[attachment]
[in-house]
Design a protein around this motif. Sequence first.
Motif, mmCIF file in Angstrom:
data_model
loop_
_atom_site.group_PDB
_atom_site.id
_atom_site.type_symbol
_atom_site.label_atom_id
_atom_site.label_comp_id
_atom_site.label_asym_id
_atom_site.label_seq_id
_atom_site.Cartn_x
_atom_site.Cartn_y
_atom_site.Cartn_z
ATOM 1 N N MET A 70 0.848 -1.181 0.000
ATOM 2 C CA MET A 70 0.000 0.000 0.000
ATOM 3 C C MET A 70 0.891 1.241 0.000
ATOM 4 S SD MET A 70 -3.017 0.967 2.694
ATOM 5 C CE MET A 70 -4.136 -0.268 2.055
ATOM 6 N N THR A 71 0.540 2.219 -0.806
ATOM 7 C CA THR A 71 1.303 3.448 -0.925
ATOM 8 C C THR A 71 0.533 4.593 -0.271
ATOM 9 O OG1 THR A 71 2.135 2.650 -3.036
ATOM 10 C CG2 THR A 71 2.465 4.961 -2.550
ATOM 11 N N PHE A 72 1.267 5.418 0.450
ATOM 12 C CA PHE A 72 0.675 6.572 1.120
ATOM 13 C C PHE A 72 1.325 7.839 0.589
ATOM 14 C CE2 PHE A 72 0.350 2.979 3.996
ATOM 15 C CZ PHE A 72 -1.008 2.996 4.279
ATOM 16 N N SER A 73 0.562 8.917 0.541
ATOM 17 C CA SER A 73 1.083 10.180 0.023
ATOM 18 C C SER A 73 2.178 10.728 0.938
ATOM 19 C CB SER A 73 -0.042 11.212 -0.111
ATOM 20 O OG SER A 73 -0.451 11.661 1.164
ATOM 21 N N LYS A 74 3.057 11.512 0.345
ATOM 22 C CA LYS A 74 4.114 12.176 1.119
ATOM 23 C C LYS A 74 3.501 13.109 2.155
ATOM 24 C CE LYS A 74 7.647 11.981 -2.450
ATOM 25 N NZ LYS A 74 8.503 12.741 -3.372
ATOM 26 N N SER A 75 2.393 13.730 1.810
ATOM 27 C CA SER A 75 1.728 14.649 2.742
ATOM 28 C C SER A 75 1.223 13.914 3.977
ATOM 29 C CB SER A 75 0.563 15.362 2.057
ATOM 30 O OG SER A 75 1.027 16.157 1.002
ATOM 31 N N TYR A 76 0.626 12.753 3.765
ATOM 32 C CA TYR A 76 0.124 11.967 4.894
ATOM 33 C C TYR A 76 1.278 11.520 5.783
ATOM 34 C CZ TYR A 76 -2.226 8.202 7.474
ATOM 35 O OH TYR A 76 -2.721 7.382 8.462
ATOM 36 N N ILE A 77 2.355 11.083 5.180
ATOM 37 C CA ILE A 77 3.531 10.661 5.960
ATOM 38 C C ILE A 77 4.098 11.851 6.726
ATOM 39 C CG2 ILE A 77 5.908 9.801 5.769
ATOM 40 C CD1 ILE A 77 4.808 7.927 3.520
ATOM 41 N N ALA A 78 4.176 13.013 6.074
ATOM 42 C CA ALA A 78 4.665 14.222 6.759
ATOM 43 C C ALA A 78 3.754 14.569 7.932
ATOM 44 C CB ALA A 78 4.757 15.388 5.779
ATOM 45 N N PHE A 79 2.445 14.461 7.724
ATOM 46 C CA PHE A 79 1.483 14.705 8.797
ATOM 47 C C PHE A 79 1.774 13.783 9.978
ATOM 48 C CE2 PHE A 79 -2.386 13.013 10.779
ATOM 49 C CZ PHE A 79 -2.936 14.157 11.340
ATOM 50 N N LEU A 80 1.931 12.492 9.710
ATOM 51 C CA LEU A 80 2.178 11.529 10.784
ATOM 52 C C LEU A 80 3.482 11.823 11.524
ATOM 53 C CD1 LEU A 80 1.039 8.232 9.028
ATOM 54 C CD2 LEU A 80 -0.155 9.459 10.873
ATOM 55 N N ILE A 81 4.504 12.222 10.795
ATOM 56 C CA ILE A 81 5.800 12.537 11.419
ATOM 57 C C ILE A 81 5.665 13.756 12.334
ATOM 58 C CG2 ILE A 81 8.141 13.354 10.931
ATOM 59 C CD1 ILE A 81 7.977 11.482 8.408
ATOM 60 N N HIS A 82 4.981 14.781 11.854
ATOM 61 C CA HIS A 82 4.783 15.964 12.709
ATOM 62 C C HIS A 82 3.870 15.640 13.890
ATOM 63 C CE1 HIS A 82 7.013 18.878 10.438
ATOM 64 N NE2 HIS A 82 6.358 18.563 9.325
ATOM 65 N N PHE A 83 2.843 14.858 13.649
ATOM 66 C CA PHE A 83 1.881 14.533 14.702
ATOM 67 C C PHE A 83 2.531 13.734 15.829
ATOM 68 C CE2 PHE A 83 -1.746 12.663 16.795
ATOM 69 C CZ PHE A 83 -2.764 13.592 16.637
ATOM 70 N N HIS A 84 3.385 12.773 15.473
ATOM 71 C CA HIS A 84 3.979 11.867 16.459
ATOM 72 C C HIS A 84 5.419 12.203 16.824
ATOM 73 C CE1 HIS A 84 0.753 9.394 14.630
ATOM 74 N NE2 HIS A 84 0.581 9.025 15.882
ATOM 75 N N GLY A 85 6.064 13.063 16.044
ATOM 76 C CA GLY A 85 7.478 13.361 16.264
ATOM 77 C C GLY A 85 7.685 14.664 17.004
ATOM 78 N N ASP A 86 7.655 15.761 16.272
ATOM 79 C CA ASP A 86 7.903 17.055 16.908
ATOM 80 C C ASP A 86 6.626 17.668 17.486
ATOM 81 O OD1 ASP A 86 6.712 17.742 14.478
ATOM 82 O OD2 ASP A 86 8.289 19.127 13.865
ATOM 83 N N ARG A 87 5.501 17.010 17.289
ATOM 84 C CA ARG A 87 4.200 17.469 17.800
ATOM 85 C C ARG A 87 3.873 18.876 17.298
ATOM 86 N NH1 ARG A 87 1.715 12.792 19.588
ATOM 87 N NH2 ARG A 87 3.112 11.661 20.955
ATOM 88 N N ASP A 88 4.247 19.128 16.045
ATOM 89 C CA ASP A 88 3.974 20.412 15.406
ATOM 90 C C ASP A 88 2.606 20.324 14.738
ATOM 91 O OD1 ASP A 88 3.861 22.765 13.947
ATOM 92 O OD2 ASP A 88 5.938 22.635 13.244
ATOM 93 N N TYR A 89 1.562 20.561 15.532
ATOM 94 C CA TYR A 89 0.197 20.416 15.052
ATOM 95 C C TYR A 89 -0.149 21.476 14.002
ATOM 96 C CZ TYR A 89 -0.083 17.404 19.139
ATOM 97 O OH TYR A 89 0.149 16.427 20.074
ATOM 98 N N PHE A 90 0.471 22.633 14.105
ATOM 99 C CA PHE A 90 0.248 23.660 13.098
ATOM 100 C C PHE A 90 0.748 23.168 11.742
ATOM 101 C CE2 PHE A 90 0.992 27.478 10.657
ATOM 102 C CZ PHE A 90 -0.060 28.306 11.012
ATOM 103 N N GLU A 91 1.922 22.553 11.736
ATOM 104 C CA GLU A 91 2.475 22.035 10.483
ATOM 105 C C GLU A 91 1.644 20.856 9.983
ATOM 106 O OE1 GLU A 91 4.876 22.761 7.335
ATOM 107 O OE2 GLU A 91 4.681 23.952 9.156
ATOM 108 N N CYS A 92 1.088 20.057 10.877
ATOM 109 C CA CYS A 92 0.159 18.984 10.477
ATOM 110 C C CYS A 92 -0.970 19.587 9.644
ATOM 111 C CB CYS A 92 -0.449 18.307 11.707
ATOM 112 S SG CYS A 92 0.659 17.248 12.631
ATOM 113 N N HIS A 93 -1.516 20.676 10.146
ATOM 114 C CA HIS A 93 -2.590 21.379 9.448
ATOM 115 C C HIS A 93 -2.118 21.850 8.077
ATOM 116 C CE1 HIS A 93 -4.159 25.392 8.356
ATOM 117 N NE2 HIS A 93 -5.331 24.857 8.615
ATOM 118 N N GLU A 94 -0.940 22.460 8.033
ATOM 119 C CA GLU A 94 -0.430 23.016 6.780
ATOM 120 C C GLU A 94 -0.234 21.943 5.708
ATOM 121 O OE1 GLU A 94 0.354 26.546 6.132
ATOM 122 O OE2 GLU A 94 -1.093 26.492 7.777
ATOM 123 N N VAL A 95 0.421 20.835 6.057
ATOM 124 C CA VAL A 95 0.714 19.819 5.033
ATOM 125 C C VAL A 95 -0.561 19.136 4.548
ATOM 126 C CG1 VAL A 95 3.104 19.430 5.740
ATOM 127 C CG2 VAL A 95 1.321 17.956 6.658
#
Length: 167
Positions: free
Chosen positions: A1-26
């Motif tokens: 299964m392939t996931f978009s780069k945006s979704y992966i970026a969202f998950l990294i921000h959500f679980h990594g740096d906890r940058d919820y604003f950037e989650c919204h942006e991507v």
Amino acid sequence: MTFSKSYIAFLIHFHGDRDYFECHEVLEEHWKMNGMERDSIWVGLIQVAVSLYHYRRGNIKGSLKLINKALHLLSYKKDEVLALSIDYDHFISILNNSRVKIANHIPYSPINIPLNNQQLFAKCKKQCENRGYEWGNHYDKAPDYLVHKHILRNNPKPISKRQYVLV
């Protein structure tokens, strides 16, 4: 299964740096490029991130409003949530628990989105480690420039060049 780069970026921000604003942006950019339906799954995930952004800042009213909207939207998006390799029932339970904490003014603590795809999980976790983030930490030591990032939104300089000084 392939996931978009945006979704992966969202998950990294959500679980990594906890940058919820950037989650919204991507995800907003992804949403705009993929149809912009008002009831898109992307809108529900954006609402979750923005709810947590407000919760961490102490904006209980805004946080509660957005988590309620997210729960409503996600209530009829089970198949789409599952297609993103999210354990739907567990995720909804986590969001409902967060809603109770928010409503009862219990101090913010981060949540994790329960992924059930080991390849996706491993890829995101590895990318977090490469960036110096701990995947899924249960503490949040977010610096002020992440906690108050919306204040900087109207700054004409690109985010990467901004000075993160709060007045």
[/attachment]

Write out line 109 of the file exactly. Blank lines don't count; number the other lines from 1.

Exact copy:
ATOM 94 C CA TYR A 89 0.197 20.416 15.052